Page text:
Declan Patrick Aloysius Macmanus looks far from being the washed up wreck – weighed down with the problems of a turbulent lovelife, alcohol excess and a writer's block – portrayed in certain sensationalist quarters. In fact, the figure sipping his umpteenth cup of coffee during an arduous round of interviews looks a picture of health.
But there's no doubt that he's created a bit of a stir by dropping his monicker of the last nine years – Elvis Costello – for his real name. On the sleeve of his new album, King Of America he refers to himself as the Tiny Hands of Concrete, or Declan Macmanus. Even the Costello Show identity was an enforced compromise, with the singer preferring to call the ensemble the Macmanus Gang.
There were other upheavals. His 10 years marriage ended in the divorce courts. He became almost inseparable from Pogues' bassist Caitlin O'Riordan. His usual backing band of Pete and Bruce Thomas and Steve Nieve – the Attractions – were restricted to only one track on King Of America.
The rest was played by various combinations of TCB – James Burton (guitar), Jerry Scheff (bass) and Ron Tutt (drums), best known for playing behind Elvis Presley in 1968 and country rock pioneer Gram Parsons – plus veteran jazz men Ray Brown and Earl Palmer, and various members of Tom Waits' and Hall and Oates' bands among others.
Costello watchers also drew conclusions from the title of his last album Goodbye Cruel World and the fact that his only album release last year was a Telstar TV advertised compilation.
But King Of America, produced by good friend T-Bone Burnett, has proved to be a spectacular return to form, which equals, if not surpasses, the excellence of Imperial Bedroom. Those expecting the man – now 31 – to have mellowed from the brash and caustic persons of recent years, will be disappointed. His literate dissections of human foibles are still as effective, if not more so. Personally, he'll admit no more than the fact that all his previous confusions are clearer and he's never been happier, refusing to comment further on his relationship with Ms O'Riordan and his new found stability.
But he is forthright on his position within the pop market. “I'm just really consistent. I'm not going to be falsely modest. I'm just better than a lot of people at keeping a clearer view of what I'm doing. Others don't work hard enough at it. “
Why have you become a born-again Declan Macmanus?
It isn't supposed to be headline news. It's just something I did for personal reasons, most of all. It also has the objective of reminding people that there's a human being behind what ever they've come to expect or assume is Elvis Costello. Obviously I'll continue to be known under that name to a lot of people – especially my record company.
The name and image is very potent and it ties me to a time very acutely. I feel it's meant to be a big statement in the way it's been reported in other quarters, as some sort of artistic schizophrenia or even personal schizophrenia. It's nothing as sinister as that. It's a very simple decision.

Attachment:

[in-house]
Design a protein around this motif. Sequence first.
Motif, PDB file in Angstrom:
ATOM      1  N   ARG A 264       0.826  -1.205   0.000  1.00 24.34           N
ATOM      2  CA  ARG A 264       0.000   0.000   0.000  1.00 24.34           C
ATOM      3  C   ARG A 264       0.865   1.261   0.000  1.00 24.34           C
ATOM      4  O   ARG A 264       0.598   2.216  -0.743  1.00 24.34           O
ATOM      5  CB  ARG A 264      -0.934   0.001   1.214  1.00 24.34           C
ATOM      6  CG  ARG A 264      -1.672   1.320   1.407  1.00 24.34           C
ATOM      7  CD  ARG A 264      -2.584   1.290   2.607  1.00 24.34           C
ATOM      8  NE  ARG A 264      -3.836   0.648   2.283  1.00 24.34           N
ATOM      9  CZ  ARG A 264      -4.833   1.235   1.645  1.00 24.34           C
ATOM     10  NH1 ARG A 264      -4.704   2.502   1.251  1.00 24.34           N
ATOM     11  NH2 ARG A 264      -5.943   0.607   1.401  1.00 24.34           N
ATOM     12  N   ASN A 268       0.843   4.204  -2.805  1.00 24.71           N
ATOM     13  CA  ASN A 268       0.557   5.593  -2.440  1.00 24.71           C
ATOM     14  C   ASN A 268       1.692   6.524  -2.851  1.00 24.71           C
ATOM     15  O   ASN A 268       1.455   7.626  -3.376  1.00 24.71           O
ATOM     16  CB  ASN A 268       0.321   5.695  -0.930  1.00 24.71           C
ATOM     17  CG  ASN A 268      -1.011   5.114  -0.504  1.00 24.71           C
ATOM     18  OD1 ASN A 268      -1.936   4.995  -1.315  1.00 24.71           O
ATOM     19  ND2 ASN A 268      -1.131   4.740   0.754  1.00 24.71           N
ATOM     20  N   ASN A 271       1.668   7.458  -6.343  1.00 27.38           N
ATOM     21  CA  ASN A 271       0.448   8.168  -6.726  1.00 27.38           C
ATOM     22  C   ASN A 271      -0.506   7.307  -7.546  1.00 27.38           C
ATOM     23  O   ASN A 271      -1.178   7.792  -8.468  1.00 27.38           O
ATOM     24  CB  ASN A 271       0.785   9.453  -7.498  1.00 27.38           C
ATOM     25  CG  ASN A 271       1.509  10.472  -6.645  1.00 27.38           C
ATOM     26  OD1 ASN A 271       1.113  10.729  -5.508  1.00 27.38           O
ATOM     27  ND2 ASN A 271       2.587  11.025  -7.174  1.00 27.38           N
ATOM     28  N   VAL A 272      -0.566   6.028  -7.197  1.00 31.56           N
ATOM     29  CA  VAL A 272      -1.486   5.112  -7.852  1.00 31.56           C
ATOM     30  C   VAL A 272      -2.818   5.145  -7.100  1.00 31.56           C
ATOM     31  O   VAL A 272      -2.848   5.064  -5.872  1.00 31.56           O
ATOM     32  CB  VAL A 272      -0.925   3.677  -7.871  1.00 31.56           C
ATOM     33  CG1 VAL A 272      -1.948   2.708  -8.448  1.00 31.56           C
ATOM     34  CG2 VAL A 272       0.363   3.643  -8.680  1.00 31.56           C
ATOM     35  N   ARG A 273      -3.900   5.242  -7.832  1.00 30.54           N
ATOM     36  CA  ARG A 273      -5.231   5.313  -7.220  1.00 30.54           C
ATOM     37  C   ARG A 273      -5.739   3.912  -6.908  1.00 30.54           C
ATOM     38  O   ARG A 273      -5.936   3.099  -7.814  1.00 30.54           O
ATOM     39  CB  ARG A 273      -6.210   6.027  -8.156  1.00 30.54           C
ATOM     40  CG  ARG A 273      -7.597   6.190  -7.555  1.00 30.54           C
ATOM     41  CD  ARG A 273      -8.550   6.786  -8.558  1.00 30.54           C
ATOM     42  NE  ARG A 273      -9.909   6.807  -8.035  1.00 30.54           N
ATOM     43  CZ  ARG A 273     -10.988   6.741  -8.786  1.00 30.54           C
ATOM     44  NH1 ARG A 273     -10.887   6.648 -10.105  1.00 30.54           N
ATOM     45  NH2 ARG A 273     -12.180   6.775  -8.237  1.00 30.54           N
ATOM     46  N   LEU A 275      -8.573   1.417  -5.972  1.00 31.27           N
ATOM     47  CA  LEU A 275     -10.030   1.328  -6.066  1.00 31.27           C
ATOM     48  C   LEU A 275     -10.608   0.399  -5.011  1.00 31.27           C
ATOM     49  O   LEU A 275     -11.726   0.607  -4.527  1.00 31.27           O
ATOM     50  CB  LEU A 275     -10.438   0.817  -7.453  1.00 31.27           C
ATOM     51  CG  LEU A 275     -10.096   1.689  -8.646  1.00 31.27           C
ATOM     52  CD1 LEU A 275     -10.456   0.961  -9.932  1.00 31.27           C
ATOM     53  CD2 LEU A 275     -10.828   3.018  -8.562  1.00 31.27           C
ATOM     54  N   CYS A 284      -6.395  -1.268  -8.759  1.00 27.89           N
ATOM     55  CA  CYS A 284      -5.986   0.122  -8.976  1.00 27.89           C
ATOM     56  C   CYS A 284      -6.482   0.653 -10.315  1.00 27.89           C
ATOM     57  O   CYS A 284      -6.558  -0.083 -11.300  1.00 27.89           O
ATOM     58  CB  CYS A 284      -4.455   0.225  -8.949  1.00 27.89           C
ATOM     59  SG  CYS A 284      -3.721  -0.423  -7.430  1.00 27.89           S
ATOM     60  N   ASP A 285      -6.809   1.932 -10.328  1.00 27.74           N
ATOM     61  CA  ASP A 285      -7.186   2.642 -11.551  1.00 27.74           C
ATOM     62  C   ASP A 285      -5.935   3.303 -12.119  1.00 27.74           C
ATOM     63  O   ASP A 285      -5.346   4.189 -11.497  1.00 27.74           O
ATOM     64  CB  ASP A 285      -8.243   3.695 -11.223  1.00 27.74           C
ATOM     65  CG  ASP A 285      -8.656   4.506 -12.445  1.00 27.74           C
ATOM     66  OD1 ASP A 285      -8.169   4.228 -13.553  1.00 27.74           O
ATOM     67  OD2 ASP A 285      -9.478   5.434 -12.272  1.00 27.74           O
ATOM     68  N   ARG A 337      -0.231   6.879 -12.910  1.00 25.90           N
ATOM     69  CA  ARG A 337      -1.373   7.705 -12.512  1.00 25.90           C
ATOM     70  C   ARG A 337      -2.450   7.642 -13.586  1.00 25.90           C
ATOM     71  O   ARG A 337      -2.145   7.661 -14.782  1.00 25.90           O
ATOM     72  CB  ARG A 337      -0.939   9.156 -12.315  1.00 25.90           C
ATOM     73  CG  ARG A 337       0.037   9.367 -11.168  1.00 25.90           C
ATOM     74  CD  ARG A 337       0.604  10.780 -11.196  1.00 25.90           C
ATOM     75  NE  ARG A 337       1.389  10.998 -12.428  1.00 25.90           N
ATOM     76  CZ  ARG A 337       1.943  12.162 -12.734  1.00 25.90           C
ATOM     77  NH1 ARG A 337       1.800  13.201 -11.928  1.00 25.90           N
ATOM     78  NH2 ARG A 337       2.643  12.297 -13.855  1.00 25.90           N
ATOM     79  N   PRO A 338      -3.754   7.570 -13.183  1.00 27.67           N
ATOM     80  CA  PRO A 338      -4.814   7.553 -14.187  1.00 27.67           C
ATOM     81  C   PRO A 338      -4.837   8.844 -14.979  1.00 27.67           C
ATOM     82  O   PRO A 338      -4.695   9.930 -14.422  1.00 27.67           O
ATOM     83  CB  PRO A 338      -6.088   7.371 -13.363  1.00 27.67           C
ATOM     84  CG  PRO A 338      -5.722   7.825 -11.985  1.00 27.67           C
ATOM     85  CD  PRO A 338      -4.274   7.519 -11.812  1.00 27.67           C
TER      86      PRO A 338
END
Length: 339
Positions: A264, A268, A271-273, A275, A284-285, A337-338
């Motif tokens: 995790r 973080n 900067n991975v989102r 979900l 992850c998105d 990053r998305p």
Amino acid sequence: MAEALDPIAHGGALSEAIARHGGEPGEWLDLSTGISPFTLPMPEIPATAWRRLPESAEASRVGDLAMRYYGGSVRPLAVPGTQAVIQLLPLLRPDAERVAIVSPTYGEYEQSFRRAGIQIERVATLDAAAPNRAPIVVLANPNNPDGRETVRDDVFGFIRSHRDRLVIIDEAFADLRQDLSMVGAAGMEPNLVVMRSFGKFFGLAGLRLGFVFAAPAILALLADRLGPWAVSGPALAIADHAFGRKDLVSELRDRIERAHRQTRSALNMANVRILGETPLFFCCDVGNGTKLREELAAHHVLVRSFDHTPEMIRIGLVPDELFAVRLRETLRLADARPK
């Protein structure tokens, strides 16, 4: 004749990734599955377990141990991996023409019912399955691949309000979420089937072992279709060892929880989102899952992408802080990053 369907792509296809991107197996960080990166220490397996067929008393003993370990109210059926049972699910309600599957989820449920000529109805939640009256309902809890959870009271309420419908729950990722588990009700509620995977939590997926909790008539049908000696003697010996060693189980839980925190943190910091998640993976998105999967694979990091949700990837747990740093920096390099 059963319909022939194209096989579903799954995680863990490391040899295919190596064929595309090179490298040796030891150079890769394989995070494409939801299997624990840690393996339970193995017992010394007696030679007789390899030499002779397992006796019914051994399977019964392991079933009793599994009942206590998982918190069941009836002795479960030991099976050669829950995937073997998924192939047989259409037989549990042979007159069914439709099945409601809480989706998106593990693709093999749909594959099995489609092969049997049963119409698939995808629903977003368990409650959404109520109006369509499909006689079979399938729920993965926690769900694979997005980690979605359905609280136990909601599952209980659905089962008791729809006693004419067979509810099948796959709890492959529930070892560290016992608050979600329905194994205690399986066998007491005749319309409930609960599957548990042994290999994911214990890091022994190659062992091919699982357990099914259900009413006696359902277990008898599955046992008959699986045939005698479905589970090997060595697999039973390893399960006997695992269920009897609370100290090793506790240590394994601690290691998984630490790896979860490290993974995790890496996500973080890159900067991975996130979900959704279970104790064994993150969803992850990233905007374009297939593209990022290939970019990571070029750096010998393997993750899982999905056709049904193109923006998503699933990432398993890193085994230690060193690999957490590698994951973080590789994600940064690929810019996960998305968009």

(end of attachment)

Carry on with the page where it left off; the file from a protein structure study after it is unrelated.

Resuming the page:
After the acknowledged triumph of the Imperial Bedroom album, you seemed to be treading water with the last two releases, and have been publically dissatisfied with them. What happened?
During the last two years, I made records which owed more to the production sounds of that year, with a currently successful production team – Clive Langer and Alan Winstanley. Punch The Clock, the first one, was quite successful in the sense that it was the record we intended to make. It was a brash, quite aggressive sounding modern pop-record, with a couple of substantial songs and a considerable amount of confections. It's ultimately not as satisfying as some of my other albums, but it was the record I intended to make.
Goodbye Cruel World – my last album – was a conflict between that way of making records and something akin to to this album, only it went horribly wrong and got terribly confused. That's the only record of mine which I think is a bad album.
I needed to clear the way to make a better record. Stopping playing live was one of the better things I did. I'd worked for eight years with only three weeks holiday. Not touring stopped me having to consider the massive amount of words, chords and tunes that I had to memorise just to play a show. That left me more time and a lot more brain power to think about these songs.
So how come you recruited such legendary session musicians, as well as members of bands like Hall and Oates, Tom Waits and Los Lobos?
T-Bone Burnett and I sat down and drew up a list of people we'd like on each track, once I'd got a good idea of the strengths, and where I'd like to place the emphasis of each song. We started to talk about bringing in other sounds, apart from doing it solo or with the Attractions. It just got out of hand. Suddenly we started suggesting other players and we'd filled up an album in the first week.
In between takes it was just like any session, once the ice had been broken. Inevitably you'd get talking about other things you'd done. The fund of stories from the TCB guys was pretty fascinating.